Katie Spithill on helming the
Damien Devine, Sail-World.com // July 16, 2011
Katie Spithill, sister of ORACLE Racing skipper James and a past No.
2-ranked women’s match racer, is currently in Weymouth training with AST and
RPAYC mates Nicky Souter and Jess Eastwell.
Katie, you recently did a trip to San Fran to catch up with brother James and
check out the AC45’s and the new AC set up. I believe you were the first female
to be lucky enough to helm an AC45. Along with James and his ORACLE Racing Team
you experienced first-hand the power of these awesome machines. It’s a great
opportunity to get a female perspective on the boats and how they fit into match
racing and the multihull scene in general. So…
What do you think of the 45’s?
Spithill: Wow –
I don’t know where to start, the first thing I said after we hit the dock after
the days racing & training was “Can I have one?” The AC45 was great, it is a
fantastic multihull to choose to be involved in the Americas Cup.
Being a match racer and now a F18 sailor, how do you think the match
racing aspect will work with these boats?
Being onboard one of the two ORACLE Racing boats whilst they were Match Racing
gave me a real insight as to how it is already working using these mutlihulls to
Match Race. Not only was it fast, ever changing and exhilarating, there was also
a fear factor in there of “will we cross, we will meet” etc., whilst the boats
are fast closing in on each other at 25+ knots of boat speed.
Unlike the old AC boats or many match racing boats these boats are fast
moving and need a lot of foresight and anticipation in relation to what will
happen next, so that the runners can be loaded, the daggerboards changed, the
gennaker furled, etc before you can tack or gybe.
Do you think it could be sailed by an all female crew?
Spithill: The age old question! It is not a question of if
it can be done but more so when it will be done. It has been done in the past by
the likes of Dawn Riley and the Mighty Mary team back in 1995 when she beat
greats like Conner and Cayard. Women can do just fine in the AC when the
position and circumstances are right; Just the same as any male team. Forcing it
to be an all female team is not a good plan. Integrate women in a proper way and
you'll have something, Drivers, Tacticians? Yes. Girls can compete with men on
equal terms there, but there is no way that an all girl crew can be competitive
when brute force is a key component. Unless of course there were more of them,
and this is already the case in some match race classes.
Link to full article: Katie
Spithill: On helming the AC45
Photo: James Spithill
Newport nonprofit partners with
Providence Business News // July 15, 2011
The America’s Cup Event Authority has chosen a Newport, R.I.-based
organization, Sailors for the Sea, as its first partner in a new international
program intended to better preserve and protect the oceans of the world.
The America’s Cup authority is partnering with Sailors for the Sea in its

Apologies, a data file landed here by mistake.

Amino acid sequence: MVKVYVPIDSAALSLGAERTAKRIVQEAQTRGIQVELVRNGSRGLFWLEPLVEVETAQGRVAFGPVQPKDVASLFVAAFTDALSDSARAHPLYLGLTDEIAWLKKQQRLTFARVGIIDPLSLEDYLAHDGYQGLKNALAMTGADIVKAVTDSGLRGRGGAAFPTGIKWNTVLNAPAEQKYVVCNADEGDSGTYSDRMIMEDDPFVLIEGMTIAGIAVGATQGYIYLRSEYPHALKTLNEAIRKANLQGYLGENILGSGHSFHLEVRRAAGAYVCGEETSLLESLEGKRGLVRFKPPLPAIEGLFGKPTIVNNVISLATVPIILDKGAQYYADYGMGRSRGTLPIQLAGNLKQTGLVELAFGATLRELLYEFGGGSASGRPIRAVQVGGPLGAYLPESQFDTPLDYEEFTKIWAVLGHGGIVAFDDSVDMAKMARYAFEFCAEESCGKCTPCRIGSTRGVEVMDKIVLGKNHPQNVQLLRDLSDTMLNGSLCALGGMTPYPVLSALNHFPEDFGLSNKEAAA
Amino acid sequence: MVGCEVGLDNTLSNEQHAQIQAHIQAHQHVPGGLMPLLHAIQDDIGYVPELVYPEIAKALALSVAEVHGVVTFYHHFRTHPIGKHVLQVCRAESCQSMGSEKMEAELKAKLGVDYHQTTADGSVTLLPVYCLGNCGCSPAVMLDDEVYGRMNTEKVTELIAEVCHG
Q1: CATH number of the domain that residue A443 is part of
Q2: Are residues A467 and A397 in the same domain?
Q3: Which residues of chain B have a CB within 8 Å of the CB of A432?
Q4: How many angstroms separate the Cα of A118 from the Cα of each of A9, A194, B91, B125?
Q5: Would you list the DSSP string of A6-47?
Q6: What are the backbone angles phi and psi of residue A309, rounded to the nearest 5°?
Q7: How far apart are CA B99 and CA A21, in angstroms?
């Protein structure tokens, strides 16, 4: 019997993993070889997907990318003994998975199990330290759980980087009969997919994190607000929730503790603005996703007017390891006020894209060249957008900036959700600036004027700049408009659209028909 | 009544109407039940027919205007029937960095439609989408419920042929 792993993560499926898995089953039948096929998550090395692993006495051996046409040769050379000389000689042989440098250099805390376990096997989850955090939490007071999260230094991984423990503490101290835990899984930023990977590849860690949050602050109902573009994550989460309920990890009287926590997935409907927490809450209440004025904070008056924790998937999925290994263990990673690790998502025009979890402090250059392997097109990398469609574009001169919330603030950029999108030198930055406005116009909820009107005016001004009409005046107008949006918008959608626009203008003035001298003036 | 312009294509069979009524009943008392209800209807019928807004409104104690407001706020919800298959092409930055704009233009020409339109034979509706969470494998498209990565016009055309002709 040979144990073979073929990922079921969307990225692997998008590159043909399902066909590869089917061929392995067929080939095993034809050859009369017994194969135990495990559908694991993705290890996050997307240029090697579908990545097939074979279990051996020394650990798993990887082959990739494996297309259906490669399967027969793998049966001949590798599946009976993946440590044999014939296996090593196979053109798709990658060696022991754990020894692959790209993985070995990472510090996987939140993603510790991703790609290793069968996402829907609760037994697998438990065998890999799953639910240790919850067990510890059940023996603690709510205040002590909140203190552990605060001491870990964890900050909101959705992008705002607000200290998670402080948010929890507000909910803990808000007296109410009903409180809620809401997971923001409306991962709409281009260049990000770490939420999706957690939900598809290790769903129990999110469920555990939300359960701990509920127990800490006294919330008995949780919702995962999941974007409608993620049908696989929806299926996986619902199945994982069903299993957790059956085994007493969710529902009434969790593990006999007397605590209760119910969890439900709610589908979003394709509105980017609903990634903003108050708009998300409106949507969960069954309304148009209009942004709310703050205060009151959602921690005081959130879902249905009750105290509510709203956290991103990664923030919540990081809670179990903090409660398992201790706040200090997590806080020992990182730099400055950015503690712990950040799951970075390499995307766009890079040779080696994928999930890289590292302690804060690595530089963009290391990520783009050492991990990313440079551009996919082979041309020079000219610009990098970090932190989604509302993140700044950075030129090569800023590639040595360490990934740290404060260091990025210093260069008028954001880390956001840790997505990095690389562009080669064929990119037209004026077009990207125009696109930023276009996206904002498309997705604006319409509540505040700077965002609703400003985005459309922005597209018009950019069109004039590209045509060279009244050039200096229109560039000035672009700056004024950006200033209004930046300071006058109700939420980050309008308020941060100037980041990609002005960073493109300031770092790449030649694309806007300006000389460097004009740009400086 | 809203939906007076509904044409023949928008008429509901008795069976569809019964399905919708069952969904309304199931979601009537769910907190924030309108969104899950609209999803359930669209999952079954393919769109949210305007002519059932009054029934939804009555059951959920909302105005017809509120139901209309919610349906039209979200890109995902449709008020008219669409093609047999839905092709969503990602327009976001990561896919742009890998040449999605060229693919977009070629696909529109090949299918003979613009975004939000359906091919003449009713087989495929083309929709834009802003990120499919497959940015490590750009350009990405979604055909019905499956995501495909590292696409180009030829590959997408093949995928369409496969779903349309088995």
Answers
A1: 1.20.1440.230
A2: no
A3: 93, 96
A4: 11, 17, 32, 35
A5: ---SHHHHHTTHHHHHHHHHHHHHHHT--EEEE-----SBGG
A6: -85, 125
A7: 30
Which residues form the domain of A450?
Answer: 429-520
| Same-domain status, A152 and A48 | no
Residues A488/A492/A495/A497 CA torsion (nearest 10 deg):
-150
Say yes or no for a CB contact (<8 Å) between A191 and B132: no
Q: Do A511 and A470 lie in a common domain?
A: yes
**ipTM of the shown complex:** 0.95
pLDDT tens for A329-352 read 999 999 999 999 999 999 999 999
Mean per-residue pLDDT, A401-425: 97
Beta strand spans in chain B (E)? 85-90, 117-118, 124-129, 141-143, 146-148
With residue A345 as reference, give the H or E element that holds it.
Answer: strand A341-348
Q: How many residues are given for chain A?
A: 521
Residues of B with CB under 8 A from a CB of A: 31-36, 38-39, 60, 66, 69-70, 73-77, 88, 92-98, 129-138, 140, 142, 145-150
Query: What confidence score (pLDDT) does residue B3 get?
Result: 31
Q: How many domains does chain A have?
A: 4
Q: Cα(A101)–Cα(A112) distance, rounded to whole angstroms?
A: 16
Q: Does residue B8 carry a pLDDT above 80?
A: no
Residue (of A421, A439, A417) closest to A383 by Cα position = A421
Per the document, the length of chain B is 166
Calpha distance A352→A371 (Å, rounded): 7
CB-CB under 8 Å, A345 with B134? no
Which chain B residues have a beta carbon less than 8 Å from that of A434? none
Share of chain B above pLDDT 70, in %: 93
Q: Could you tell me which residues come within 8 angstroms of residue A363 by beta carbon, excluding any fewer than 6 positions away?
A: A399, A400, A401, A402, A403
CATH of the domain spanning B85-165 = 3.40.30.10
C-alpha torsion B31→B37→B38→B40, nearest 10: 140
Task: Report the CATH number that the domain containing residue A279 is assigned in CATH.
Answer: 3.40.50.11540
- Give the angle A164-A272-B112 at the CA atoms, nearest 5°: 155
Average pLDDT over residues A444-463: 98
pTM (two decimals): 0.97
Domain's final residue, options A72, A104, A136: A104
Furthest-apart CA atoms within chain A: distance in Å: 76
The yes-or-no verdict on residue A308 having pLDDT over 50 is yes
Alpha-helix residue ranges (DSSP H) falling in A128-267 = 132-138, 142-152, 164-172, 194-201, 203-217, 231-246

“Clean Regattas” program, which provides certification that indicates
independent third-party verification that a yacht club, sailing program or
regatta is environmentally responsible and is doing its utmost to protect the
“We are excited to support the sustainability initiative of the 34th
America’s Cup,” said Daniel Pingaro, CEO of the nonprofit Sailors for the Sea,
founded in 2004. “A clean, diverse and vibrant marine ecosystem is good for the
environment, for recreation and the economy.”
From public service announcements woven into the America’s Cup broadcasts to
visible identification on all America’s Cup boats and events, recognition of
ocean conservation and environmental stewardship will be pervasive throughout
the America’s Cup as it travels to global destinations over the next three
years, the ACEA said.
Link to full article: Newport
nonprofit partners with America’s Cup to support sustainability
America’s Cup preparations involve many
Will Kane, San Francisco Chronicle // July 17, 2011
At nearly 2,200 pages long, the city's plan for the 34th America's Cup might
leave the impression that things are shipshape and merely awaiting the rubber
stamp of approval.
Now that the environmental impact report is published, the city can begin a
delicate dance with federal, state and regional agencies that must eventually
approve different aspects of that plan. They'll also have to address concerns of
residents and environmental groups, who look at the city's sweeping plan with
City sponsors and race organizers need a permit from the National Park
Service to send more than 90,000 spectators onto park property each day,
permission from the Army Corps of Engineers to begin construction on the water,
new maritime regulations from the Coast Guard that define the rules of the race
course, authorization from a state commission to anchor the massive megayachts
of multi-millionaires on public water.
And that's not even half the work to be done. All by the end of the year.
Michael Martin, who's shepherding the plan through the approval process for
the city, said that while that all might sound overwhelming and terribly
bureaucratic, it's actually the best way to get a good plan.
"I think people really are looking to improve the project," he said. "We need
their constructive criticism."
A variety of groups are ready to tell the city what they think is the best
way to handle the roughly 1.5 million people expected to watch trial races in
2012 and the more than 5 million people who could turn out for the actual races
in 2013 - as many as 500,000 of them on one "super peak" day.
Link to full article: America’s
Cup preparations involve many agencies
planning hurdles begin for 2013 America’s Cup